I’ve written plenty of stories on wrestling, usually pro wrestling. In fact, I expand to boxing from time to time with stories on various boxers like Yuri Foreman and Dmitry Salita. But meet Marina Shafir – one of the toughest women I know – well – sort of know. She is a MMA fighter looking to make an impact. Below is her story. Pay attention because she is going places.
Last year, honestly, we struggled to find Jewish stories in the NBA as Omri Casspi declined and Jordan Farmar left for Turkey. Not this year! With both players back, one literally and the other mentally, it’s time to look at the top 10 stories going into this (Jewish) NBA season.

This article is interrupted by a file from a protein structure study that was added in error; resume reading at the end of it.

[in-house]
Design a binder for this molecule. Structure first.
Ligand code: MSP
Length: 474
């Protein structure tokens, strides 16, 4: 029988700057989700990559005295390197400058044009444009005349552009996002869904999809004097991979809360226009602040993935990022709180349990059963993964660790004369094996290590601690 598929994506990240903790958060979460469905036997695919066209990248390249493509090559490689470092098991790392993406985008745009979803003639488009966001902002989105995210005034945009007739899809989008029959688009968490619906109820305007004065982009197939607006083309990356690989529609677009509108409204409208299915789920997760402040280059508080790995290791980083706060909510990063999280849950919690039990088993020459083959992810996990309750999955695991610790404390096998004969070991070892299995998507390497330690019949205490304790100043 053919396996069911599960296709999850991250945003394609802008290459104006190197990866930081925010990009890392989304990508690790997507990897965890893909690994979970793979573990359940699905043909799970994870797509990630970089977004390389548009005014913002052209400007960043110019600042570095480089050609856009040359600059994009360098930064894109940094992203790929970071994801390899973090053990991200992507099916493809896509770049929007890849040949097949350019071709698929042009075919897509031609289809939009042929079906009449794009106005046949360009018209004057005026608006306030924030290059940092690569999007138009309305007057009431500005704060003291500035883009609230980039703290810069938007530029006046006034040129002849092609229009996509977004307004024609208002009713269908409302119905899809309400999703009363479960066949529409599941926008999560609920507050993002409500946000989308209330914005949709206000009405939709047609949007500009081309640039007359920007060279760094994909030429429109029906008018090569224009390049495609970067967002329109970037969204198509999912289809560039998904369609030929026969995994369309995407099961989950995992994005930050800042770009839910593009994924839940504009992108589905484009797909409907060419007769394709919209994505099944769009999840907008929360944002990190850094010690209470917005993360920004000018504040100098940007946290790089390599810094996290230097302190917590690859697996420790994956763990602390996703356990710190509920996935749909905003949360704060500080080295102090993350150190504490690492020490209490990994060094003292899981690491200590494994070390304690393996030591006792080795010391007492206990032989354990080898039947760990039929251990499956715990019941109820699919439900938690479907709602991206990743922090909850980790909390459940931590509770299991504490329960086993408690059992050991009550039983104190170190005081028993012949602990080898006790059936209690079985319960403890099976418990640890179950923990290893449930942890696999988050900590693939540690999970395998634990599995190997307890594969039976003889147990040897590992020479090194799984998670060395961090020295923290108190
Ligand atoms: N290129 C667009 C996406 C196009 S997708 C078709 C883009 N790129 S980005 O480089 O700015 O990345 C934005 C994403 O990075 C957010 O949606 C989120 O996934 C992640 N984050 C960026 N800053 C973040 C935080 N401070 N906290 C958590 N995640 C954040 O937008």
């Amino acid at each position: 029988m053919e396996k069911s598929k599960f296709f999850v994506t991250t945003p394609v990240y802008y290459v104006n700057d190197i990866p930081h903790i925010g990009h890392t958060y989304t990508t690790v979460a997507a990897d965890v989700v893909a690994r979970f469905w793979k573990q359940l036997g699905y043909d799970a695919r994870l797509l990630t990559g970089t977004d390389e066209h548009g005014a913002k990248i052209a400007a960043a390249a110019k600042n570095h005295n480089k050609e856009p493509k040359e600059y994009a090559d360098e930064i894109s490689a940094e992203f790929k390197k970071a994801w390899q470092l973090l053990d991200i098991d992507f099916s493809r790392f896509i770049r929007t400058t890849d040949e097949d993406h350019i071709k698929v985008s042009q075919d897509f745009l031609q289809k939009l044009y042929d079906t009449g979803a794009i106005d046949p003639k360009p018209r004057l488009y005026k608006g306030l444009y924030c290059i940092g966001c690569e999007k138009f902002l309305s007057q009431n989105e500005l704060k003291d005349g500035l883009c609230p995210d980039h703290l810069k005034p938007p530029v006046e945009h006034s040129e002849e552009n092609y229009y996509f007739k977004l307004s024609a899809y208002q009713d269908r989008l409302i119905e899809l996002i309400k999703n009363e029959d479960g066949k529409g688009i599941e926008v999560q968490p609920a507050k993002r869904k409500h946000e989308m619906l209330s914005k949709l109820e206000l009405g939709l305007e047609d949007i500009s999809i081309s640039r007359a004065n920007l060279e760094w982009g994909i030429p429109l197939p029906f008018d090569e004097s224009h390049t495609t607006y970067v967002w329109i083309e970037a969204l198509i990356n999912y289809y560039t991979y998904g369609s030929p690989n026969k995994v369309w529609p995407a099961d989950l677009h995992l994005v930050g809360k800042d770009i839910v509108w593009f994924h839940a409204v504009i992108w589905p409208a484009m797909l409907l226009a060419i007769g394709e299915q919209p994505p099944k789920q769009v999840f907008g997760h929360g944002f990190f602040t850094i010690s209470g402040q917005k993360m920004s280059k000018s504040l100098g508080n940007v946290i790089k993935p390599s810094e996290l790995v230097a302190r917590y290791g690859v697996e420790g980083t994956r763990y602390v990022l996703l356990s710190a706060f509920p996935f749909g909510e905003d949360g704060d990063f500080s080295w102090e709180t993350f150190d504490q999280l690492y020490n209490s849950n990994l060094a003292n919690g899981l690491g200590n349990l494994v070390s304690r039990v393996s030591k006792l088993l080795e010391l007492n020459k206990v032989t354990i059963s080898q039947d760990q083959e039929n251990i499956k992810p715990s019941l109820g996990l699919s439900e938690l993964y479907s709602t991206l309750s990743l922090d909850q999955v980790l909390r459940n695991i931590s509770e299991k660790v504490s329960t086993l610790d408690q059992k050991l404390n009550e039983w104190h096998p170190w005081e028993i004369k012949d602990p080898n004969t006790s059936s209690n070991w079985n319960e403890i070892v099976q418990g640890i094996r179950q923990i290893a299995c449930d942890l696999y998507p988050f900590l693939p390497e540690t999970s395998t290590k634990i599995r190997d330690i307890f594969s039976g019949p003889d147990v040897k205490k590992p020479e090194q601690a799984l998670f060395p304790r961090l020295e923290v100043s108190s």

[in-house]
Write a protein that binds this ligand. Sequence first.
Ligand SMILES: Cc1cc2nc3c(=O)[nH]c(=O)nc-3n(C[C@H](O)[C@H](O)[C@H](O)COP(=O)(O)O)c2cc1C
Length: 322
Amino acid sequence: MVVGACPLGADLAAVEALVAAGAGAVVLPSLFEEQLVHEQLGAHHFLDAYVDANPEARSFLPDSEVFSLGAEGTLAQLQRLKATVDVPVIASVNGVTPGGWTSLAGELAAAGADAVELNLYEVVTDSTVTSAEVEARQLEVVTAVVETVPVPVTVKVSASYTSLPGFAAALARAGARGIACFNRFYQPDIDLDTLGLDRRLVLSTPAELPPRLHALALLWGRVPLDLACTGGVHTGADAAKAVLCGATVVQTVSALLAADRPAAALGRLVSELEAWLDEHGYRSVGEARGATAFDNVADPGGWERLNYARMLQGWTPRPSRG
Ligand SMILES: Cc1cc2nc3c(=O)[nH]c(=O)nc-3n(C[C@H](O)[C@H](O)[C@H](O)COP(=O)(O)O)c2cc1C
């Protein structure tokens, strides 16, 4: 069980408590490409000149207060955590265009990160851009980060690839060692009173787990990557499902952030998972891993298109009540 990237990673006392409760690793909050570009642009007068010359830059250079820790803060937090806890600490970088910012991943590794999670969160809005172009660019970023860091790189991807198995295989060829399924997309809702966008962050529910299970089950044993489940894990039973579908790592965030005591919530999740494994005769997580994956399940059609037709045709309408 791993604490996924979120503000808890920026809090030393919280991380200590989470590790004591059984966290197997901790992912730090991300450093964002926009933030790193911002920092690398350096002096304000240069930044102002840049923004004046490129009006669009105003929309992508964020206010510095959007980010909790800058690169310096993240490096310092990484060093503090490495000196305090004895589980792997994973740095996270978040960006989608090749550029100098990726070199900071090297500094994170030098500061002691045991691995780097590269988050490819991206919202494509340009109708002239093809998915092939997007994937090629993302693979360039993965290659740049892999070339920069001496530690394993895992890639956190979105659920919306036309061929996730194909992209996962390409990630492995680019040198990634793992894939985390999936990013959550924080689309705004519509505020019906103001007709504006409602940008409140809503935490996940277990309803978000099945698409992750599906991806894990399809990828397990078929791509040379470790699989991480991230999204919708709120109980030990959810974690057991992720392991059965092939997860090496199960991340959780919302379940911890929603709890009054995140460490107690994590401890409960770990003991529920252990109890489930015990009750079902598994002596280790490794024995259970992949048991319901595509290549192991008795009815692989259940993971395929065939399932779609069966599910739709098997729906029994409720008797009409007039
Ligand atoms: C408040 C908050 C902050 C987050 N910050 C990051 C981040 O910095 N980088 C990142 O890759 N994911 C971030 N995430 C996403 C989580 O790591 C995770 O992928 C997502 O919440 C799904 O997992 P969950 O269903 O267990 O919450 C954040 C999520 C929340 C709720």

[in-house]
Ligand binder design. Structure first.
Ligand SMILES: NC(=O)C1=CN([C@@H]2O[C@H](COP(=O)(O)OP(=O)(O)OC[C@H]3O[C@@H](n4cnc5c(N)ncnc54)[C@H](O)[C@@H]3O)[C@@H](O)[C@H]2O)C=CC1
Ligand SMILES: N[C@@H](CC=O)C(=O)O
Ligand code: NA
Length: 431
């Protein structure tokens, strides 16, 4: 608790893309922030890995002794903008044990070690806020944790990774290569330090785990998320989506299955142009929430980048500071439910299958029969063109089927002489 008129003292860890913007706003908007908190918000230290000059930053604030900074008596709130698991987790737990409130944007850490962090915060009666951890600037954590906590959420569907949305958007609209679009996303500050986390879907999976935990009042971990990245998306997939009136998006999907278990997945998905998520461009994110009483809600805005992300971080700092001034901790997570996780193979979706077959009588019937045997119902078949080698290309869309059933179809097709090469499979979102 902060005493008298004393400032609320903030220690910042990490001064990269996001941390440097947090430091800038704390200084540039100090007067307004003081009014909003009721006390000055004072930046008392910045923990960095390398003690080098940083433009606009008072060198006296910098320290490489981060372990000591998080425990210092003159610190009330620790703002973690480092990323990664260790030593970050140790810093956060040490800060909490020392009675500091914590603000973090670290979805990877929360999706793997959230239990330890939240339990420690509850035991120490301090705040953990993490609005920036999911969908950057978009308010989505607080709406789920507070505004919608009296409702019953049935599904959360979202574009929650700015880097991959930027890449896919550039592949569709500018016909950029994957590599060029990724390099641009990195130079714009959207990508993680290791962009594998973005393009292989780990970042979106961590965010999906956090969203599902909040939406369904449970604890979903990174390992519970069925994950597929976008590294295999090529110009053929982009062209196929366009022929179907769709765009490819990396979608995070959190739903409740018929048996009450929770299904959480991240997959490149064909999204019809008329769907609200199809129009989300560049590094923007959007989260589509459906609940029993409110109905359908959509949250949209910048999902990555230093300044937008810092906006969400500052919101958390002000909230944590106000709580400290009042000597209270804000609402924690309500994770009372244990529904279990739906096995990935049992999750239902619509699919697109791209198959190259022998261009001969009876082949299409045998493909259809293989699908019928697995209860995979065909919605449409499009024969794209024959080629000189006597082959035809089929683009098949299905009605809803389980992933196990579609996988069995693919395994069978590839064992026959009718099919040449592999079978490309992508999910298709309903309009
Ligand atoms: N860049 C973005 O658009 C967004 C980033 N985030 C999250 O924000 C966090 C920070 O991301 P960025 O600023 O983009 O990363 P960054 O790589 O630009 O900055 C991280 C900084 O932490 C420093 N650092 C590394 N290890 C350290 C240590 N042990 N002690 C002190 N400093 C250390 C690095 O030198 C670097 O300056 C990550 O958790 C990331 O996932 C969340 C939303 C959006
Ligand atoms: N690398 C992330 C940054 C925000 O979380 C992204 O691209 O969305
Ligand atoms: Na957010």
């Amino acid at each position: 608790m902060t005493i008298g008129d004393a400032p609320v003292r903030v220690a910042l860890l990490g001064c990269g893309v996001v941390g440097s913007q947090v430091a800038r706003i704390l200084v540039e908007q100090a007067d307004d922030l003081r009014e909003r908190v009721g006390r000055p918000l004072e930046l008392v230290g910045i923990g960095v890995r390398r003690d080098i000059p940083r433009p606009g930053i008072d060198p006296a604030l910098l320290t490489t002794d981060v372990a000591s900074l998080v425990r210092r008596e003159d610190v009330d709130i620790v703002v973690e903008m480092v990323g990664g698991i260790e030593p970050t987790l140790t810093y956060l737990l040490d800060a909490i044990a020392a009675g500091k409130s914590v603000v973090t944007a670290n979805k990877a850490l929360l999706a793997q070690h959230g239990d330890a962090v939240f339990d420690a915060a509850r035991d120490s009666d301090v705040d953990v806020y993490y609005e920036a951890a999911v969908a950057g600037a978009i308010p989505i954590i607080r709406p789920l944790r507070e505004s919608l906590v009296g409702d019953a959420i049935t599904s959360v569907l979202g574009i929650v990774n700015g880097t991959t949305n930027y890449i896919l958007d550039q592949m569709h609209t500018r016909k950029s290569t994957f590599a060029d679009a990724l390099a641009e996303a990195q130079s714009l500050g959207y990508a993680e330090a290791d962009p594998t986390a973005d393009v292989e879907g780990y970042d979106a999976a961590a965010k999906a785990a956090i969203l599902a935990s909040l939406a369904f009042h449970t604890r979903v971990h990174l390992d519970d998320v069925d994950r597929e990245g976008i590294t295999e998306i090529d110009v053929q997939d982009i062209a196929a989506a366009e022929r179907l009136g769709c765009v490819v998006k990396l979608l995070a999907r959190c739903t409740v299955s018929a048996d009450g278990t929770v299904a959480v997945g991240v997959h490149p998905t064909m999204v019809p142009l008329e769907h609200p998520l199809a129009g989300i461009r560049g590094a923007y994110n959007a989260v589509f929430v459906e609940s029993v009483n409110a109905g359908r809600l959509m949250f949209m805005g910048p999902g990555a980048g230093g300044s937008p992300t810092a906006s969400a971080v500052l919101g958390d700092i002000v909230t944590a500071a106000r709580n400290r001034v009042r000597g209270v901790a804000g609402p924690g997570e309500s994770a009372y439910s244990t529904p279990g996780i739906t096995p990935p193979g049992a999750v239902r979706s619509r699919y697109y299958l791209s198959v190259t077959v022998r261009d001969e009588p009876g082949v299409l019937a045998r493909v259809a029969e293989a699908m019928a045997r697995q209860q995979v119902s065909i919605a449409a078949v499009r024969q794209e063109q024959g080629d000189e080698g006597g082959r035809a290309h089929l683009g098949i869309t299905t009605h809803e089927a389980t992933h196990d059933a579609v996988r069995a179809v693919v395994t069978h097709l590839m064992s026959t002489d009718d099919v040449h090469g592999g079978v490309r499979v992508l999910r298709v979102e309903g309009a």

Former Jewish Major League Baseball player Brad Ausmus was tagged to replace Jim Leyland as the new manager of the Detroit Tigers. Ausmus inherits a mega lineup featuring Miguel Cabrera, Torii Hunter and ace pitchers in Justin Verlander and 2013 American League Cy Young winner Max Scherzer.
For the last five years, The Great Rabbino has tried to bring to you the best in Jewish-related sports content. Now, we are turning the tables a bit to bring you the best in sports-related Jewish content – specifically rabbis.
As my congregants know I have a wall full of Jewish MLB rookie cards hanging in my office. A congregant walks into my office, looks at the hanging cards and says "hey, that's Justin." Of course, I immediately asked for his contact information and Justin was gracious enough to answer some questions.
You may have seen this amazing piece of artwork. Greg Harris has really drawn up some amazing interest and excitement through his project, Jewish Baseball Player.com. Connected to this achievement has been his ability to help non-profits raise money.